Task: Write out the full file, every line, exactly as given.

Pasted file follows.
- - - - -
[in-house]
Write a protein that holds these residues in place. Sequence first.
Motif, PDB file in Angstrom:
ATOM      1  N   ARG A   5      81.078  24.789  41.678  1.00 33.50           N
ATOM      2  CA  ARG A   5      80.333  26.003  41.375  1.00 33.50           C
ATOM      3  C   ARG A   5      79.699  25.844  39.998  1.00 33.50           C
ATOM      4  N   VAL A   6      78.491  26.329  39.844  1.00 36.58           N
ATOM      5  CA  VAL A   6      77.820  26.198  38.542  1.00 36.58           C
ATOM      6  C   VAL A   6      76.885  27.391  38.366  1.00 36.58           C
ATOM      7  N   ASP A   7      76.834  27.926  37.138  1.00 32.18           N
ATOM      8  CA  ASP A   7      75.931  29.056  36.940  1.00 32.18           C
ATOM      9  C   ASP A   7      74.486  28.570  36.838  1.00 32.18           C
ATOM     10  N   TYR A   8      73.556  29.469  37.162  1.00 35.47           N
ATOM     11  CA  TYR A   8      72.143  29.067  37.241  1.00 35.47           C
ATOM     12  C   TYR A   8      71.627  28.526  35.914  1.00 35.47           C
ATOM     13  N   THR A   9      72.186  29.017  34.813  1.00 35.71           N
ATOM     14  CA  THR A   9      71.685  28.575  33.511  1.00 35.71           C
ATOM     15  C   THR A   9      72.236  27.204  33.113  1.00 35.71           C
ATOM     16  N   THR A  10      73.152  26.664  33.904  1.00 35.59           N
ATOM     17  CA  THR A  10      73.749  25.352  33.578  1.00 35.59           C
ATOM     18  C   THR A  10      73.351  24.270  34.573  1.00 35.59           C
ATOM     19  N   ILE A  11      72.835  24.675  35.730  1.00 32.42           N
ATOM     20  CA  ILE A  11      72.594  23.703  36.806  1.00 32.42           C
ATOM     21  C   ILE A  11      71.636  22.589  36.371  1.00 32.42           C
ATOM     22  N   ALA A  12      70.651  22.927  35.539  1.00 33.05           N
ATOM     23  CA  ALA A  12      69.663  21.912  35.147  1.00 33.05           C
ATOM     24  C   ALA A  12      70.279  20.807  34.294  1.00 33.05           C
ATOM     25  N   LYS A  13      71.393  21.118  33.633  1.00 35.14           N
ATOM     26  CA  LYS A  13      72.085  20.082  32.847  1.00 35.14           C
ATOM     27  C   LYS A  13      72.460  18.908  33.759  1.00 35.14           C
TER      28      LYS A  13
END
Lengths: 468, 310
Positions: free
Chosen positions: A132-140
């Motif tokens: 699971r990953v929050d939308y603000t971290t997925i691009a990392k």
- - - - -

[in-house]
Write a protein that holds these residues in place. Sequence first.
Motif, PDB file in Angstrom:
ATOM      1  N   ARG A   5      81.078  24.789  41.678  1.00 33.50           N
ATOM      2  CA  ARG A   5      80.333  26.003  41.375  1.00 33.50           C
ATOM      3  C   ARG A   5      79.699  25.844  39.998  1.00 33.50           C
ATOM      4  N   VAL A   6      78.491  26.329  39.844  1.00 36.58           N
ATOM      5  CA  VAL A   6      77.820  26.198  38.542  1.00 36.58           C
ATOM      6  C   VAL A   6      76.885  27.391  38.366  1.00 36.58           C
ATOM      7  N   ASP A   7      76.834  27.926  37.138  1.00 32.18           N
ATOM      8  CA  ASP A   7      75.931  29.056  36.940  1.00 32.18           C
ATOM      9  C   ASP A   7      74.486  28.570  36.838  1.00 32.18           C
ATOM     10  N   TYR A   8      73.556  29.469  37.162  1.00 35.47           N
ATOM     11  CA  TYR A   8      72.143  29.067  37.241  1.00 35.47           C
ATOM     12  C   TYR A   8      71.627  28.526  35.914  1.00 35.47           C
ATOM     13  N   THR A   9      72.186  29.017  34.813  1.00 35.71           N
ATOM     14  CA  THR A   9      71.685  28.575  33.511  1.00 35.71           C
ATOM     15  C   THR A   9      72.236  27.204  33.113  1.00 35.71           C
ATOM     16  N   THR A  10      73.152  26.664  33.904  1.00 35.59           N
ATOM     17  CA  THR A  10      73.749  25.352  33.578  1.00 35.59           C
ATOM     18  C   THR A  10      73.351  24.270  34.573  1.00 35.59           C
ATOM     19  N   ILE A  11      72.835  24.675  35.730  1.00 32.42           N
ATOM     20  CA  ILE A  11      72.594  23.703  36.806  1.00 32.42           C
ATOM     21  C   ILE A  11      71.636  22.589  36.371  1.00 32.42           C
ATOM     22  N   ALA A  12      70.651  22.927  35.539  1.00 33.05           N
ATOM     23  CA  ALA A  12      69.663  21.912  35.147  1.00 33.05           C
ATOM     24  C   ALA A  12      70.279  20.807  34.294  1.00 33.05           C
ATOM     25  N   LYS A  13      71.393  21.118  33.633  1.00 35.14           N
ATOM     26  CA  LYS A  13      72.085  20.082  32.847  1.00 35.14           C
ATOM     27  C   LYS A  13      72.460  18.908  33.759  1.00 35.14           C
TER      28      LYS A  13
END
Lengths: 468, 310
Positions: free
Chosen positions: A132-140
């Motif tokens: 699971r990953v929050d939308y603000t971290t997925i691009a990392k």